In the meantime, the Indian government is expected to lease out seven more airports, including Bhubaneswar, Varanasi, Amritsar, Raipur, Indore, and Trichy as part of its privatisation plan, providing a massive opportunity to the Adani Group to further ramp up its presence. “As the economy normalises, revenues are expected to grow with the business, and international travel will accelerate as the world and India emerge from the pandemic,” Mahadevia says.
Already, growth in the sector is showing some signs of revival. For June 2021, domestic passenger traffic was estimated at 29-30 lakh, implying a sequential growth of 41-42 percent, compared to 19.8 lakh in May 2021, according to rating agency, ICRA. “The airlines’ capacity deployment for June 2021 was around 46 percent higher than June 2020 [31,700 departures in June 2021, against 21,696 departures in June 2020],” ICRA said in a statement.
Since the acquisition of the Mumbai airport, the Adani Group has announced changes in the top management of AAHL. RK Jain, an industry veteran and CEO of MIAL, has been appointed as CEO of the group's airports business, while Behnad Zandi, who was earlier CEO for airports, will be CEO of non-aero business at AAHL. Captain BVJK Sharma, who was a director at Adani Ports and Special Economic Zone, will be CEO for Navi Mumbai International Airport; Prakash Tulsani, AAHL's president of operations, will take over as CEO of MIAL.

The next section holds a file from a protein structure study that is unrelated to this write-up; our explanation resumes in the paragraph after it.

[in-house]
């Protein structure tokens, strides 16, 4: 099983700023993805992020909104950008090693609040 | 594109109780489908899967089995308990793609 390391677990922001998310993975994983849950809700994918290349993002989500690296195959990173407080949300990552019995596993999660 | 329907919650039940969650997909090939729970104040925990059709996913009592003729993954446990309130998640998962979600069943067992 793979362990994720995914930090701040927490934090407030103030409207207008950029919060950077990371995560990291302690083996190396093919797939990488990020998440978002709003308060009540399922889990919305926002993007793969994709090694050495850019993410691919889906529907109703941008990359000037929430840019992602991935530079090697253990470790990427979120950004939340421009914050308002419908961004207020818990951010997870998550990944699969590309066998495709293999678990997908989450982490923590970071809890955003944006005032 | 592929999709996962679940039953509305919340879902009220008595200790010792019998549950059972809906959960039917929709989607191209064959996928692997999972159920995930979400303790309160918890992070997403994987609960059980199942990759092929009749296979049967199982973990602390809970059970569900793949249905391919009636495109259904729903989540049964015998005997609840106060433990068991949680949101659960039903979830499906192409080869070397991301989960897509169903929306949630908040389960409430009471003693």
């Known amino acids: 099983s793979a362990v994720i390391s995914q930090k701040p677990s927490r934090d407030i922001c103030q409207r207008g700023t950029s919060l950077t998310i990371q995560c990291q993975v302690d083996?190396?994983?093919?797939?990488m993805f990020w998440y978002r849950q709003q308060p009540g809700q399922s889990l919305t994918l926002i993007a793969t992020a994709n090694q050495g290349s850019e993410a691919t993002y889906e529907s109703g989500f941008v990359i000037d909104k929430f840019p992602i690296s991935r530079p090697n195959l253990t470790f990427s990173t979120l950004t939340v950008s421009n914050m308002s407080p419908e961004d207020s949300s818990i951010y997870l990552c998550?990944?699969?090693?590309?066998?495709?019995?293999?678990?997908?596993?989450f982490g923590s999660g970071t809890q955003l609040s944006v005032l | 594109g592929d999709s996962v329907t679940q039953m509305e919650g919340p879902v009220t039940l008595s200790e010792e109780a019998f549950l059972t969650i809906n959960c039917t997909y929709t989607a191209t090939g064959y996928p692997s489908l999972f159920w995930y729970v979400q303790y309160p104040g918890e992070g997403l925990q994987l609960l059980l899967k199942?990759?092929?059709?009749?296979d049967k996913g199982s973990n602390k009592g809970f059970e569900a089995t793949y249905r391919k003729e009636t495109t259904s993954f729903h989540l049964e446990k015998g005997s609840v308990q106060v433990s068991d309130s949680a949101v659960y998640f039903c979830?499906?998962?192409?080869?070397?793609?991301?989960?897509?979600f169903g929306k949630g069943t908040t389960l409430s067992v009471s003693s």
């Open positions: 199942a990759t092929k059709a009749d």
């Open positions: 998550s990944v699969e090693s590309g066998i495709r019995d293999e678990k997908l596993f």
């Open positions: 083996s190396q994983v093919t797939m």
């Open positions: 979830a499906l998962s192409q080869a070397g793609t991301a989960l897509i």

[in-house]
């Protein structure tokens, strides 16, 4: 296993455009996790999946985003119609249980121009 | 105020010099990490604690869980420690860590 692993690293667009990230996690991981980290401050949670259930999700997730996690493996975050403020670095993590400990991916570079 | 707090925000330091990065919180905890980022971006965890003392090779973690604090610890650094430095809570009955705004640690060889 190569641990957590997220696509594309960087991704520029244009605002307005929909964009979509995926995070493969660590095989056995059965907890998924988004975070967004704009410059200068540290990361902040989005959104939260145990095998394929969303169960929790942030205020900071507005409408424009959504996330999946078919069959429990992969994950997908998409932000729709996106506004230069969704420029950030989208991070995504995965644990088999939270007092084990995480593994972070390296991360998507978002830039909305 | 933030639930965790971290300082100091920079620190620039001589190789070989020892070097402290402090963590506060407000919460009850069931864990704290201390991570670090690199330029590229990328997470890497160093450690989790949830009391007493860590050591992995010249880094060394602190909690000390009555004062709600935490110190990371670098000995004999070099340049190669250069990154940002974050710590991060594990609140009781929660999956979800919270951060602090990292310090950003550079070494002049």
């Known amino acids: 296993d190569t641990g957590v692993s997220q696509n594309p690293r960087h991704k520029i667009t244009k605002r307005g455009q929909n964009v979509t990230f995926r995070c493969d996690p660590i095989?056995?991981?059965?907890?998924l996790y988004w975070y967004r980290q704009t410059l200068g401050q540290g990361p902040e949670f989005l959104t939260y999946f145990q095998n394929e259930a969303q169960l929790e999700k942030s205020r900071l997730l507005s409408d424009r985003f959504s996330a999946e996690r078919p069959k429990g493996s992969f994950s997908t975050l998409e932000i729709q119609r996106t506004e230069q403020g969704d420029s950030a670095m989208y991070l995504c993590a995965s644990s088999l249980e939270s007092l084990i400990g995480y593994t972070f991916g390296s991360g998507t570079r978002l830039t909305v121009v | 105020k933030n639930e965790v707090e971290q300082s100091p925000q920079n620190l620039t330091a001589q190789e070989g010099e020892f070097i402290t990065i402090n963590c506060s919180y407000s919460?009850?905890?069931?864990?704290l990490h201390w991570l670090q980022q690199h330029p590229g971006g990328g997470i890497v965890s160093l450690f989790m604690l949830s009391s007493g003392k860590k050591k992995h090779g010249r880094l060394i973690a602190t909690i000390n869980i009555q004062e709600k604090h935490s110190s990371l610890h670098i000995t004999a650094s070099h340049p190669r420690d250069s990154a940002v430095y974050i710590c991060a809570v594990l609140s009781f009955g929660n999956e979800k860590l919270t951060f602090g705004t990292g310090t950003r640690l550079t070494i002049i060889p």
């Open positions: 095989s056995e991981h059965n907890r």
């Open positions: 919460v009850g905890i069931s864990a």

“With India’s passenger traffic is expected to grow fivefold, our nation needs 200 additional airports to handle 1 billion domestic and international passengers, most of whom will be using an airport, or a route connected to Mumbai,” Mahadevia says. That’s why the group isn’t going to shy away from scaling up the existing Mumbai airport, in addition to building the Navi Mumbai airport. “We look forward to creating around all Adani airports, including Mumbai, an ecosystem of aviation-linked businesses that will create multiple employment structures and thousands of job opportunities.”
For long, the Adani Group had specialised in building ecosystems around its core business, particularly in ports. The airport business is only getting started, and the opportunities are countless. Perhaps, much like its ports, the next decade could redefine India’s airport landscape forever. As for, the Adani juggernaut, it is showing no signs of stopping.